According to a Deloitte report, CFOs in Southeast Asia say that management teams have begun to ask many more “what-if” questions during the pandemic: ‘What if our banks call back unsecured loans?’ or ‘what if we breach a bond covenant?’ The research also indicates that CFOs increasingly have been leveraging tools and predictive analytics when planning for specific scenarios – including possible restructuring or M&A activities – and modelling their impacts on margins and the balance sheet.
Delivering value sustainably
In venturing well beyond the once traditional remit, today’s CFO also must factor in our sustainability obligations and convictions – looking at every aspect of the business through the ESG (Environmental, Social and Governance) prism.
So, in addition to the stewardship of financial accountability and performance, the CFO must now be the custodian of value delivery with respect to the community, the environment, society, human rights, safe work conditions, employees, and, of course, shareholders.
ESG KPIs today have already found their way from the Sustainability Department to the Treasury team, who determine pricing for green bonds or other sustainability linked financing, to cite one example.
Significantly, according to PwC research, 69% of CFOs see coordinating ESG data and information across their company as a priority, something that may not have been as high on their radar just a few years ago.
Aside from the moral imperative, the Return On Investment (ROI) on sustainability has understandable financial appeal. For example, PepsiCo’s sustainability programs are estimated to have created more than $375 million in cost savings from reductions in water consumption and waste.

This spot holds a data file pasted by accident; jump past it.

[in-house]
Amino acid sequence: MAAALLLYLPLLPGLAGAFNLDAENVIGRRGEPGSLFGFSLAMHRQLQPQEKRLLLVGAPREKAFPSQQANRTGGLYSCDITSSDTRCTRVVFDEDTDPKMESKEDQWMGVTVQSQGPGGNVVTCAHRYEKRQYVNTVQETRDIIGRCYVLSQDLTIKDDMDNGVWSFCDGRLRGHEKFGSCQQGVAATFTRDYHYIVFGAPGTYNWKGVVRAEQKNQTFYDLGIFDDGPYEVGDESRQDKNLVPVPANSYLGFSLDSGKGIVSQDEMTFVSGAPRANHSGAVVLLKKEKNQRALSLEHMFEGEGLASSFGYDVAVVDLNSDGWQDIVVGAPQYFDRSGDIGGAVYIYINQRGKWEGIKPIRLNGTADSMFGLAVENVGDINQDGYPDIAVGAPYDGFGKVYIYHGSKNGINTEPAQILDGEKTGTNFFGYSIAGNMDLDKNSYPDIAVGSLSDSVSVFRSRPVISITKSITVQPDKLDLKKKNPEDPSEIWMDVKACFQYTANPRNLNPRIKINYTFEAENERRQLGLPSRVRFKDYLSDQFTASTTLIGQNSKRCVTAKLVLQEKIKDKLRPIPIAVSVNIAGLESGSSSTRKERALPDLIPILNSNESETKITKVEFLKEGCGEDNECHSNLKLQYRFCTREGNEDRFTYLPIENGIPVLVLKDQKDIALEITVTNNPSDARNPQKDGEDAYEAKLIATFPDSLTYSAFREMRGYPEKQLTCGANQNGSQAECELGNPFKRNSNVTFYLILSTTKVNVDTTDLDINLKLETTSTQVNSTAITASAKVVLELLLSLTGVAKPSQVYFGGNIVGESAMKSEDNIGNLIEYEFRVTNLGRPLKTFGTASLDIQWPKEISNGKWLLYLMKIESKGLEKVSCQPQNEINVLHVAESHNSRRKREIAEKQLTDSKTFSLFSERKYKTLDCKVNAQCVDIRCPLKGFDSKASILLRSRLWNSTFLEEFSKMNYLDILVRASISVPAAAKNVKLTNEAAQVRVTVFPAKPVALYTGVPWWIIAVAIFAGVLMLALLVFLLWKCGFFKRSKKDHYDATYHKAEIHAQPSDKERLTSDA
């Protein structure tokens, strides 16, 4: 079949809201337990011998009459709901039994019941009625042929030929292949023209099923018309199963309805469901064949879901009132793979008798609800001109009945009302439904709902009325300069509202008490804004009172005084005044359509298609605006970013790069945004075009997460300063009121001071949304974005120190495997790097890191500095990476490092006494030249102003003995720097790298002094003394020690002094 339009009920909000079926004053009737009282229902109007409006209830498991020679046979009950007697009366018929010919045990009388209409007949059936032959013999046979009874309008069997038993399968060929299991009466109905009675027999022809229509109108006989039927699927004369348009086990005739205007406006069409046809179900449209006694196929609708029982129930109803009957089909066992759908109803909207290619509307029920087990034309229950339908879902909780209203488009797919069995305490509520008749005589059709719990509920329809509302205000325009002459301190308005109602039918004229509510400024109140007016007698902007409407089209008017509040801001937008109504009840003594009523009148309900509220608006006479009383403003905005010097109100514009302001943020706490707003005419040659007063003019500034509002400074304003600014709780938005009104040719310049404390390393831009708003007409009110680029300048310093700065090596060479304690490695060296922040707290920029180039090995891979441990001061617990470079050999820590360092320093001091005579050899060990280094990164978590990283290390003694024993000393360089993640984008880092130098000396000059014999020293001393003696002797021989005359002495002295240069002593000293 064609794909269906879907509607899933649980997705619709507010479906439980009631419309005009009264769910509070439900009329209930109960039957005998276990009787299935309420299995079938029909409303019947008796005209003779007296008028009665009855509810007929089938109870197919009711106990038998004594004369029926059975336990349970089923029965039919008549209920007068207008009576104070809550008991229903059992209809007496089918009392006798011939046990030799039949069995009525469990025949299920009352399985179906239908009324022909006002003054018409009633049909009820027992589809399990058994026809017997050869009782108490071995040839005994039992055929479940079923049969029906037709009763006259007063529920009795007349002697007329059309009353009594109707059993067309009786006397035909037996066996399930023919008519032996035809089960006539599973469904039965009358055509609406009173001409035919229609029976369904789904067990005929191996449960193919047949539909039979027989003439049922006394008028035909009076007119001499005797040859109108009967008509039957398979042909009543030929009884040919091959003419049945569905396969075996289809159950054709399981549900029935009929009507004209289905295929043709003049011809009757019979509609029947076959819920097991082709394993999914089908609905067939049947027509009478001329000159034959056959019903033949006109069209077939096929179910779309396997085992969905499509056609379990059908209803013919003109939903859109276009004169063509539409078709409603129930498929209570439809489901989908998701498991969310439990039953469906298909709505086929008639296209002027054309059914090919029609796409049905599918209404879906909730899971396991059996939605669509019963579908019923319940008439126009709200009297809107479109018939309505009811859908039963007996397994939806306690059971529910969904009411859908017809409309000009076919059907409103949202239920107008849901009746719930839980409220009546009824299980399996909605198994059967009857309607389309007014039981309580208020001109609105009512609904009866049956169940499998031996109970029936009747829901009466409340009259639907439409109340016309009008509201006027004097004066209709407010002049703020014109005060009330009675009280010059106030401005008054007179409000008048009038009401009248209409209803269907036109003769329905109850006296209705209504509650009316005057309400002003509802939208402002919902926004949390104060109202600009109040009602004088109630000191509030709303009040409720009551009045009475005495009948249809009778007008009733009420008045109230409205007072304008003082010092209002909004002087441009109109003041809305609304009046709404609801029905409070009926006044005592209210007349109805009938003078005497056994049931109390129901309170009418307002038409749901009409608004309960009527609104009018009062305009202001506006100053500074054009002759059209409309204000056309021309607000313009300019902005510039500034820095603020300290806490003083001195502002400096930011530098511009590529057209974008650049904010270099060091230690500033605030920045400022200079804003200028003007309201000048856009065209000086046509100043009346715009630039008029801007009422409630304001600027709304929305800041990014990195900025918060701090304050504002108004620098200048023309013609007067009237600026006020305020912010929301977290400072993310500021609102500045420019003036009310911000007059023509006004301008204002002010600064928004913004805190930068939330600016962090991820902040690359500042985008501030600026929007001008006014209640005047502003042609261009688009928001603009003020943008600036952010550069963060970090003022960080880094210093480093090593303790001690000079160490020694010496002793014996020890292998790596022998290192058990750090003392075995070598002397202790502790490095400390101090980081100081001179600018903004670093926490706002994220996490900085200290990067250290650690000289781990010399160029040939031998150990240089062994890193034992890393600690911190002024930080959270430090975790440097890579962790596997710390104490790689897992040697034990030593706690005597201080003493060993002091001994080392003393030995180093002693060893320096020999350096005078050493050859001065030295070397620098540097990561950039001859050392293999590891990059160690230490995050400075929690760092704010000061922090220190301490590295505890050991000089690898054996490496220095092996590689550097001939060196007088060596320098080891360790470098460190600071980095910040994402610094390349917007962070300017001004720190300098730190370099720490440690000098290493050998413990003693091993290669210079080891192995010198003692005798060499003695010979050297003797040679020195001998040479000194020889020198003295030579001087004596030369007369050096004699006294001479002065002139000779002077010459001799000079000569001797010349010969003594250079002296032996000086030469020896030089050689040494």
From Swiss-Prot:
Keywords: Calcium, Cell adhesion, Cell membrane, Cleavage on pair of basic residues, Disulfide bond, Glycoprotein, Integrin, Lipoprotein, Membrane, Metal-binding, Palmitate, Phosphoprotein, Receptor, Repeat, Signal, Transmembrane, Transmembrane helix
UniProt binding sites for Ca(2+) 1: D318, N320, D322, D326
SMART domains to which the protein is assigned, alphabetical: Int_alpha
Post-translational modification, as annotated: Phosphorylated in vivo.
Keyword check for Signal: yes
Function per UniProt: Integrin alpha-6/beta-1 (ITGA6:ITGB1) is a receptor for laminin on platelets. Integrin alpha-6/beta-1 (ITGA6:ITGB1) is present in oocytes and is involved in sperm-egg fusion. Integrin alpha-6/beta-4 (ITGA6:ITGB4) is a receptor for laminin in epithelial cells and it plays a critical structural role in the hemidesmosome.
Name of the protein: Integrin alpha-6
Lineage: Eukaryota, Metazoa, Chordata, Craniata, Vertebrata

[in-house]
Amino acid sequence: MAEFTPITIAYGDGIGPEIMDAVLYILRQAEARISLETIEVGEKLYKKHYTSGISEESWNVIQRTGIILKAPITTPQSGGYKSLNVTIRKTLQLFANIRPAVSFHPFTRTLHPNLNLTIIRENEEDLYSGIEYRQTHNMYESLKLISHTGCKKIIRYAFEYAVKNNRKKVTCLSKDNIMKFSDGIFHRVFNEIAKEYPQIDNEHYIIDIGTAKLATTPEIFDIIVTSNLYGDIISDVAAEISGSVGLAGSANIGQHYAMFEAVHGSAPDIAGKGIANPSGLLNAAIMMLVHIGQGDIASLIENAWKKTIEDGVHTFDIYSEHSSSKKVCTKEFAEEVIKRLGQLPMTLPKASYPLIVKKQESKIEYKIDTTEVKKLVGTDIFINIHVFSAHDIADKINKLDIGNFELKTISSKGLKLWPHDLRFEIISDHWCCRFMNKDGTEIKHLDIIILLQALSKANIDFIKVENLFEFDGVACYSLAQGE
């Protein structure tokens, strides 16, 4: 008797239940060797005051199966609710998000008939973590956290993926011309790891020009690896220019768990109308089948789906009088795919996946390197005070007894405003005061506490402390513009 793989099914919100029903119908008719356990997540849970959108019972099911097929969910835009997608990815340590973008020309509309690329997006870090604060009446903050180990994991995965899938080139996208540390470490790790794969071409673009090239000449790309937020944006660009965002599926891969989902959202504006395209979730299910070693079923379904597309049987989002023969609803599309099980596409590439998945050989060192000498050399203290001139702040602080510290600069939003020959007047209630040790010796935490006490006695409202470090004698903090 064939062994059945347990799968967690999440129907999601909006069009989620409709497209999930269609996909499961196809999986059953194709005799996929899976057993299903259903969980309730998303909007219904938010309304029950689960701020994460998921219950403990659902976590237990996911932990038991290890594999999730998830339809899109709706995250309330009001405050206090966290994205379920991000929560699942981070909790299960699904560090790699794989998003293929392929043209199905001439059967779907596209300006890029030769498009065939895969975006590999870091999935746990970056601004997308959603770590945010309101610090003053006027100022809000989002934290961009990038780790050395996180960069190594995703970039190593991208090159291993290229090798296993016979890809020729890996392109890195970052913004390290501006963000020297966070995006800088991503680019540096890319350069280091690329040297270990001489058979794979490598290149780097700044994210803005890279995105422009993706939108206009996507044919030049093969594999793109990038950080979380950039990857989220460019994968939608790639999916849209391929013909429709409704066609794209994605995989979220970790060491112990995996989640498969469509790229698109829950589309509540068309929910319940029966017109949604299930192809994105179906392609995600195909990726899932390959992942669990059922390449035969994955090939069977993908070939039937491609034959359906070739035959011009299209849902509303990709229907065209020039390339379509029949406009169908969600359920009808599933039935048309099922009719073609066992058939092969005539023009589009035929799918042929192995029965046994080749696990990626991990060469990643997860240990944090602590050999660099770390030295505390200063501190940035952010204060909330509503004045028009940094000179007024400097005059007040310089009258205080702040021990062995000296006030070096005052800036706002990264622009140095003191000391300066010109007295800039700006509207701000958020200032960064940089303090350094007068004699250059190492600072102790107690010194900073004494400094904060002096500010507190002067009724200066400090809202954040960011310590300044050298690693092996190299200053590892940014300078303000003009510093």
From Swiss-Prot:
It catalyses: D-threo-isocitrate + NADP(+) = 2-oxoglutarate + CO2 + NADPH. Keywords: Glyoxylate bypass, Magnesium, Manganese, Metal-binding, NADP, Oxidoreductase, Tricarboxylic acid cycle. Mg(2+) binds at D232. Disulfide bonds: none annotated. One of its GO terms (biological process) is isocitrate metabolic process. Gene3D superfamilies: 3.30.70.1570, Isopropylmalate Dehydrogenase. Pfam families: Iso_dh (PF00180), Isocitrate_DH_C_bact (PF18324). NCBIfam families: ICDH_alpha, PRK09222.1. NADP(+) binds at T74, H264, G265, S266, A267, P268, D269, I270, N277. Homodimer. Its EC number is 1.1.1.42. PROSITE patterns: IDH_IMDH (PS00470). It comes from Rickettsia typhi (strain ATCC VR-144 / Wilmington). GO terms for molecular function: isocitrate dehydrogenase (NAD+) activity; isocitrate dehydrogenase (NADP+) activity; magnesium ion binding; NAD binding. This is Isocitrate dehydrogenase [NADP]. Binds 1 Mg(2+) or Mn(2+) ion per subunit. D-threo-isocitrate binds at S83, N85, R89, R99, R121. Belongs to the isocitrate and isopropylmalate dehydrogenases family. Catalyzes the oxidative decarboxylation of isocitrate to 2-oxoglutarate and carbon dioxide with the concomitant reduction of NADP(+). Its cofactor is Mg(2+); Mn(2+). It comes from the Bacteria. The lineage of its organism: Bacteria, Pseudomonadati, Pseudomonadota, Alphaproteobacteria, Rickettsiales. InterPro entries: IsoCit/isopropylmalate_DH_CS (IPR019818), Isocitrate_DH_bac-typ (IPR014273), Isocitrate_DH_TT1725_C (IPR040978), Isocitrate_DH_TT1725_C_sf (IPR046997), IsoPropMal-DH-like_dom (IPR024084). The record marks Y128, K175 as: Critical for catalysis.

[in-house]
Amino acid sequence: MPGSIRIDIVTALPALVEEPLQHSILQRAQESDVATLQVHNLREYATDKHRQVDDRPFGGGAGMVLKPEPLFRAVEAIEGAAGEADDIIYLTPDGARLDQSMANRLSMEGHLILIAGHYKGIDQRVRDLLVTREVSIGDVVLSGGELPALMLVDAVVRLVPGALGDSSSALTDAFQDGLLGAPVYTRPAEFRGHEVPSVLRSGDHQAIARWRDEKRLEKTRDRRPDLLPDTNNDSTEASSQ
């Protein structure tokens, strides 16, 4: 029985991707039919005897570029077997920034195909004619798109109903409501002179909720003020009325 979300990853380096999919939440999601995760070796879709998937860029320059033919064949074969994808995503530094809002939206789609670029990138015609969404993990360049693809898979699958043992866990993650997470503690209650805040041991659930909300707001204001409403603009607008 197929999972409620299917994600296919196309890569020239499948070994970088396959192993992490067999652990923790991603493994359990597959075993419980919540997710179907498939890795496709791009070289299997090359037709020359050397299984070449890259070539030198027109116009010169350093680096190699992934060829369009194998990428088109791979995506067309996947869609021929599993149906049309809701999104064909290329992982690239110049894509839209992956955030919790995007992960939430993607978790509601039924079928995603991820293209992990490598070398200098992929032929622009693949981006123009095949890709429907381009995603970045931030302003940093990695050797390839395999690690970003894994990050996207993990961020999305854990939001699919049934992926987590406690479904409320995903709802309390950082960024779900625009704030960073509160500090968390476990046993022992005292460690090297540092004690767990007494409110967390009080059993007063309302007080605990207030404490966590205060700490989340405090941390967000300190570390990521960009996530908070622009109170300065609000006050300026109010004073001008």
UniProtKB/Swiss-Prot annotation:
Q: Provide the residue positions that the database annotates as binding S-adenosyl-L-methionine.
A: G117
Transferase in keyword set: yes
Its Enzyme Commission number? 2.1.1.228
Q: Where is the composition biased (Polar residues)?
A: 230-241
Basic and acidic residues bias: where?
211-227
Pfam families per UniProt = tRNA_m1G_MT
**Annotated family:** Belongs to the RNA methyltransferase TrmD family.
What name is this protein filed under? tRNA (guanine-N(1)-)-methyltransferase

Some studies show that companies with higher ESG ratings outperform the market and are valued at a premium, compared to companies with lower ESG ratings.
Every CFO must explore new ways to deliver long-term growth for all stakeholders. At IHH, we have developed a comprehensive Net Income and Return on Equity (ROE) aspiration plan to more than double our ROE by creating new revenue streams, improving occupancy rates, and improving productivity. We have already achieved this ahead of schedule and are now setting new targets to improve ROE.
Our success is built upon a value driver model to turn plans into results, with comprehensive M&A governance and execution skills, and a strategy to build bridges to key portfolio entities.
Re-imaging the CFO’s role today
The CFO evolution from a corporate policing tradition to guardianship is about partnering with the CEO and COO to improve the enterprise’s overall viability.
Yes, it is still about rigorous cash and resource preservation and a clear vision of how to keep what is good and keep bad things from coming back -- but it also is about the finance function accelerating the digital transformation process, a clear investment management approach and focusing on ESG and sustainability goals to ensure long term resilience for the organisation.
In our re-thought and re-imagined roles, we must be strategic-value architects involved in all aspects of growth and, especially at this time, resurgence.
It requires breaking out of the mysterious silo from which some CFOs used to issue dry reports of historical numbers or forecasts. After the challenges of the past 18 months, stakeholders are looking for analysis, insights and recommendations that offer context and a degree of confidence on where the journey goes.
Of course, the numbers matter and usually they don’t lie; even so, the days of the old-school CFO are numbered, the value creation game is on.